The campaign to break away from the EU has taken a blow after a cross-party group of peers warned that a Brexit would trigger "lengthy" and "difficult" negotiations with Brussels. The House of Lords' EU committee admitted no exact precedent exists to the UK, the world's fifth largest economy, leaving the 28-nation-bloc.
But Lord Timothy Boswell, the chair of the committee, concluded that the talks with EU leaders would take "several years". "No firm prediction can be made as to how long the negotiations on withdrawal and a new relationship would take if the UK were to vote to leave the EU," he said.
"It is clear, though, that they would take several years —trade deals between the EU and non-EU States have taken between four and nine years on average."
The group also argued that Article 50 of the Lisbon Treaty would have to be followed for the UK to legally split from the EU, in the event of a "leave" vote at the 23 June ballot.
The measure means Britain would have to declare its interest to break away, and then start negotiations with Brussels. The talks have a two-year-long time limit and the member state automatically splits from the EU if a settlement is not reached.
"It would be in the interests of the UK and its citizens, and in the interests of the remaining member state and their citizens, to achieve a negotiated settlement," Boswell added. "This would almost certainly necessitate extending the negotiating period beyond the two years provided for in Article 50."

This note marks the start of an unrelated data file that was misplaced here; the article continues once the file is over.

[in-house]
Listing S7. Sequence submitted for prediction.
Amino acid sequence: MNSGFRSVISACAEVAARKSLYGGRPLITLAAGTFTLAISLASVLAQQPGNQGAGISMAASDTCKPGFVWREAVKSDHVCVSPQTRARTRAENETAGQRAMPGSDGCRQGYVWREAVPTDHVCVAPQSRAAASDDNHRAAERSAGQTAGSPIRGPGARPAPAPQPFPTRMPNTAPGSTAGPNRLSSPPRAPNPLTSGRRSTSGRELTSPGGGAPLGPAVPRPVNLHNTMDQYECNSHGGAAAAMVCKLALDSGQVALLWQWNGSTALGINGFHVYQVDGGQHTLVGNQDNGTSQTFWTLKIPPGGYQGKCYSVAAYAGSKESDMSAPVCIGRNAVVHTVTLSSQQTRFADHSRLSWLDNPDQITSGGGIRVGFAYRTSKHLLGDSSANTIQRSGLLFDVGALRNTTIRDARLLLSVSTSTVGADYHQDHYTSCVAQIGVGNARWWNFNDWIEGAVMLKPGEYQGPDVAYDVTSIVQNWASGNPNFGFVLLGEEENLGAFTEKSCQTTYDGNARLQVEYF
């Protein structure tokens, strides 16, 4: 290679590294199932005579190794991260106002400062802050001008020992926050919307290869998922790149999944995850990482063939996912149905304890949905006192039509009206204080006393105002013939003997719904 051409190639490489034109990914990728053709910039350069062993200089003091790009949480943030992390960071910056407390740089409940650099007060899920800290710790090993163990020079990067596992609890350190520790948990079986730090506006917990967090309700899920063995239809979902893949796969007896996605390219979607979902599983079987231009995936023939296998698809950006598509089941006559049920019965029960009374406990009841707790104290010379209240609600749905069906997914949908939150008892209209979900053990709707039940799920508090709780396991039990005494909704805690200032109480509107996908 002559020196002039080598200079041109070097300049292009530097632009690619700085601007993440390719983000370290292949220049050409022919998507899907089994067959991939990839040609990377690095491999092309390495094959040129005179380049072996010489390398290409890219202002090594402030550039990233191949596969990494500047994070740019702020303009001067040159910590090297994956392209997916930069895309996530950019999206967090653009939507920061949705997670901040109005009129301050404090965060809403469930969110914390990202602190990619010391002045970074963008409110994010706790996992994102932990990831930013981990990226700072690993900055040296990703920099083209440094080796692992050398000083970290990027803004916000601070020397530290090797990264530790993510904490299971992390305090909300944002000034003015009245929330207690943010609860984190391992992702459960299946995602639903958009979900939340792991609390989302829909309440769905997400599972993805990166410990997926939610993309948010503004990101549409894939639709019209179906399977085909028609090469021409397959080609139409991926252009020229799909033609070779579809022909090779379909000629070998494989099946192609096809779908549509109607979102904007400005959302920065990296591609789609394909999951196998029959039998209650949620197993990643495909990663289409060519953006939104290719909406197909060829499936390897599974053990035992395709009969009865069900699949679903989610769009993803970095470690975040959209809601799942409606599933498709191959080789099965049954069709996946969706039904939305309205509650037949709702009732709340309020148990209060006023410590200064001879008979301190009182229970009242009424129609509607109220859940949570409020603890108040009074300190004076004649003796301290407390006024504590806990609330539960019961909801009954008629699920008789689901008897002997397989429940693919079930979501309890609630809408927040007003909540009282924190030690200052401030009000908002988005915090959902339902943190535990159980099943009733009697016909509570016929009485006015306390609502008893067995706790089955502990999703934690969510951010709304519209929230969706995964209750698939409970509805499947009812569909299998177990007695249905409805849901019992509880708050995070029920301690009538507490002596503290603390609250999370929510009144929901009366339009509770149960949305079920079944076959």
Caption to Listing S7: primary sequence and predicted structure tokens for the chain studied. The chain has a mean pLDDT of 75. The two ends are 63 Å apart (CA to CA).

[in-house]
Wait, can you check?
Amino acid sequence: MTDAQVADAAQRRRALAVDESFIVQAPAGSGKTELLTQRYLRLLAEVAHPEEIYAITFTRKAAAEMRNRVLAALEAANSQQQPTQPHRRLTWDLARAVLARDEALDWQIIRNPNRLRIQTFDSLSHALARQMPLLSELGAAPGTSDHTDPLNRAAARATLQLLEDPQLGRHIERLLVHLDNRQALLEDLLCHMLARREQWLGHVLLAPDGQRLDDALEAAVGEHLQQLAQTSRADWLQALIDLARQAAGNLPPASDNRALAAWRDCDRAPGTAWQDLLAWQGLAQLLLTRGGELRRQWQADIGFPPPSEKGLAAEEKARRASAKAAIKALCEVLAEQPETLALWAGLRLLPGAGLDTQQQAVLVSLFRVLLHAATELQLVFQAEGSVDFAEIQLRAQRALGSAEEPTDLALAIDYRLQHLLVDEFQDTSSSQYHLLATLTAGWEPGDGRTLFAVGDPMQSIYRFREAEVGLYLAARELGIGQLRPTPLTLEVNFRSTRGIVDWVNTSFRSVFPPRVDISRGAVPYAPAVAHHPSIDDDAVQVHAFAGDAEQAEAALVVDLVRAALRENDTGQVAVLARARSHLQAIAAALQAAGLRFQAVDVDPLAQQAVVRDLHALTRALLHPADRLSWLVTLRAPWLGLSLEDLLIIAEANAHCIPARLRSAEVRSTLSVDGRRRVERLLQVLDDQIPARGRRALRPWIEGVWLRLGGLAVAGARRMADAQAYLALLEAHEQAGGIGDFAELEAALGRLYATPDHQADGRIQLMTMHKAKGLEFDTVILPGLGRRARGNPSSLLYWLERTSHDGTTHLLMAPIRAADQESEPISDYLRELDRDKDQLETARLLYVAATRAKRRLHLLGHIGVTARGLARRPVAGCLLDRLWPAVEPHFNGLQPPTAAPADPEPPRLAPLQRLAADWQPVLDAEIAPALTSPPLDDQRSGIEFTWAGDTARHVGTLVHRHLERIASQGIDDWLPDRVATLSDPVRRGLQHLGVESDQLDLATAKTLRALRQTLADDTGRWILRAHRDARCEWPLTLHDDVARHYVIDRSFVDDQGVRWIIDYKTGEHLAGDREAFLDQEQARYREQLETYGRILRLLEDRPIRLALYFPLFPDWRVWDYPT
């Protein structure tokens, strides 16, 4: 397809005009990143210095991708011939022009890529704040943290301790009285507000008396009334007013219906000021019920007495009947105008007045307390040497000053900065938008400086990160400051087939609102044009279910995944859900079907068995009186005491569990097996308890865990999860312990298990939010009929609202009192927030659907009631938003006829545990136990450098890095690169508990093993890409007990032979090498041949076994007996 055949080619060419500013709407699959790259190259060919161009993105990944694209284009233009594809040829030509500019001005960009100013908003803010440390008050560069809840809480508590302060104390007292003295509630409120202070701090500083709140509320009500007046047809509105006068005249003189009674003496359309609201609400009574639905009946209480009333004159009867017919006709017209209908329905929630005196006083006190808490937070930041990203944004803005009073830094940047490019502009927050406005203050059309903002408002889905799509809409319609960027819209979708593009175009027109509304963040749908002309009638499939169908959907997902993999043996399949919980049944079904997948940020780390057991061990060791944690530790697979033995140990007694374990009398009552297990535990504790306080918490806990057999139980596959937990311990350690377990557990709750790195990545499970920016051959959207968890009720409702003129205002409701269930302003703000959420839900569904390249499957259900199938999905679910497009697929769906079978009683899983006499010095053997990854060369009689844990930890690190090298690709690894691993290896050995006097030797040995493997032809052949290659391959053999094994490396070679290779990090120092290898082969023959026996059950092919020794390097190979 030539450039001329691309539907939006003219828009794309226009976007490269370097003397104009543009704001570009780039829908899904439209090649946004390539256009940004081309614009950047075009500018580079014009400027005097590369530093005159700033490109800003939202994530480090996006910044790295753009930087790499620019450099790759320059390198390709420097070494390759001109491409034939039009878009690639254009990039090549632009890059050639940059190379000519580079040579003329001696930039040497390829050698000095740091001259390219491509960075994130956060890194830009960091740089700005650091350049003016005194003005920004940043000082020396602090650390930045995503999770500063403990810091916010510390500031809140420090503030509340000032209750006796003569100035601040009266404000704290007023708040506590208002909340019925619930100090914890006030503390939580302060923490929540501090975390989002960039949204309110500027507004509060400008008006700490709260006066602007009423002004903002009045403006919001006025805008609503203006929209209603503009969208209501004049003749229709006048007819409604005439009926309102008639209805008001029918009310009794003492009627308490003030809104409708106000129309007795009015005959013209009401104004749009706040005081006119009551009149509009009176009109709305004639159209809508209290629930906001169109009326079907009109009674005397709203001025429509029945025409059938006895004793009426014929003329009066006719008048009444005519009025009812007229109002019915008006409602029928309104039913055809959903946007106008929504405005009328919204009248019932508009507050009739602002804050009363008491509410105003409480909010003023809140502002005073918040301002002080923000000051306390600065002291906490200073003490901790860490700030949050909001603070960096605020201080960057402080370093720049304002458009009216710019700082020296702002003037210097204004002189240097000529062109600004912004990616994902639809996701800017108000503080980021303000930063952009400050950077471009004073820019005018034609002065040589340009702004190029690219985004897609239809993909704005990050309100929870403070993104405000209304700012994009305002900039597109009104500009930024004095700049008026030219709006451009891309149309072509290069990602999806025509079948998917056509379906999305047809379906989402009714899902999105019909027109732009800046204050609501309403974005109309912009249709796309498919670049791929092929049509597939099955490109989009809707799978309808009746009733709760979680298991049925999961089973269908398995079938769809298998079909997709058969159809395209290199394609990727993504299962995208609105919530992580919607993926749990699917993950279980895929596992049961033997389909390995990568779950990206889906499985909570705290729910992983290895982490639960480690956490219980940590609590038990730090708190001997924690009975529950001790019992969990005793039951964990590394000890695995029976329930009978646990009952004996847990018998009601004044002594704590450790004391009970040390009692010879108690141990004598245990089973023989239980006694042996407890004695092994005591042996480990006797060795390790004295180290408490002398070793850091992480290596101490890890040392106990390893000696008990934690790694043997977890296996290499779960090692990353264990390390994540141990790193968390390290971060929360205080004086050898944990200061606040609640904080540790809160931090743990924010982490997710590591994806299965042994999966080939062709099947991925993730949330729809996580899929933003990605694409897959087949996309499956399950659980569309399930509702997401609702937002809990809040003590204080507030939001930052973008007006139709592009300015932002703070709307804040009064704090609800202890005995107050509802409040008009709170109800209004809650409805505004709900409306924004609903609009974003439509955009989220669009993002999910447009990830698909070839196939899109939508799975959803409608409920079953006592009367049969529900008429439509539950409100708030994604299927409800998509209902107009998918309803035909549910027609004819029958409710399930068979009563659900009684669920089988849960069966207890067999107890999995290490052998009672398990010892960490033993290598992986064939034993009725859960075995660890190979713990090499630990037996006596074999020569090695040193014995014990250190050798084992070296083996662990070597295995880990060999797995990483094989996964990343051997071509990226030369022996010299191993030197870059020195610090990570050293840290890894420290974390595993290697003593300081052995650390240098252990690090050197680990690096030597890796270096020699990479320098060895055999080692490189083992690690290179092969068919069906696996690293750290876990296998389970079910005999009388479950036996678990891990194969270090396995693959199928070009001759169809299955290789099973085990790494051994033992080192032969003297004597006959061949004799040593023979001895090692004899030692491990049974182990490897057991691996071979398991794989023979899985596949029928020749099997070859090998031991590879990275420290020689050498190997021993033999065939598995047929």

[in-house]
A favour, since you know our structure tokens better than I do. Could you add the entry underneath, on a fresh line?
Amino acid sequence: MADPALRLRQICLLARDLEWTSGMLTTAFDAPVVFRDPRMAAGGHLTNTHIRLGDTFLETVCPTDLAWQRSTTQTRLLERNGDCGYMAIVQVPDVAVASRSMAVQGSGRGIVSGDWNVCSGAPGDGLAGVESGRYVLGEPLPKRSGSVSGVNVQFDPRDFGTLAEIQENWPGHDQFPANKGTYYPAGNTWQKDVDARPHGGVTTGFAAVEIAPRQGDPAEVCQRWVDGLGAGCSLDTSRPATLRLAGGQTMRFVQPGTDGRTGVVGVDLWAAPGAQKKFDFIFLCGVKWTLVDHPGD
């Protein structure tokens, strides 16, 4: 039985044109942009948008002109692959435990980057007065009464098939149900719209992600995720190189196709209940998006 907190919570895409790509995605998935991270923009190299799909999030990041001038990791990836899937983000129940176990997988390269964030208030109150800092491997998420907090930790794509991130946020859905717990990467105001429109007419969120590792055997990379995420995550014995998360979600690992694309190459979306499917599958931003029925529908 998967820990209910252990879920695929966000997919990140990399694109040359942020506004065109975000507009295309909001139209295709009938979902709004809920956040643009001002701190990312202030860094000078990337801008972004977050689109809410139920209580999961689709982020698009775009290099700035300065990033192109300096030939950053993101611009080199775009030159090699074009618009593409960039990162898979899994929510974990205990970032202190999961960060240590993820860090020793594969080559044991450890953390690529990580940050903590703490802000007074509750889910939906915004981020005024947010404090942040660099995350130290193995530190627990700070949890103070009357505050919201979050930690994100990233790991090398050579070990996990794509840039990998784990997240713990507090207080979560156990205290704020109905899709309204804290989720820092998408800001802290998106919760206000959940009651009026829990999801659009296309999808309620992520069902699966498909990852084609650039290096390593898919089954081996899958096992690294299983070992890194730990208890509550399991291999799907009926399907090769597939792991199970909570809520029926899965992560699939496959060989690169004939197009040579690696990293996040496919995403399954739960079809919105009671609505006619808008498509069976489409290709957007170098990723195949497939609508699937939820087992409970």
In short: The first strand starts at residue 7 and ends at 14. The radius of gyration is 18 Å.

The report comes with 49 days to go before the EU referendum, with campaigning briefly slowing as local elections are held across the UK on 5 May. Ukip leader Nigel Farage most recently urged Brexit campaigners to concentrate more on the issue of immigration.
"What we need to do, what the leave campaign needs to do and what I urge Vote Leave, the official designated vehicle, we have got to get into the other half of the pitch – we have got to start attacking the enemy's goal," the Eurosceptic firebrand declared.
"And where the enemy are at their absolute weakest is on this whole question of open-door migration, the effect that it has had on the lives of ordinary Britons over the course of the last decade and the threat that it poses given the new terror and security threat that we face in the West."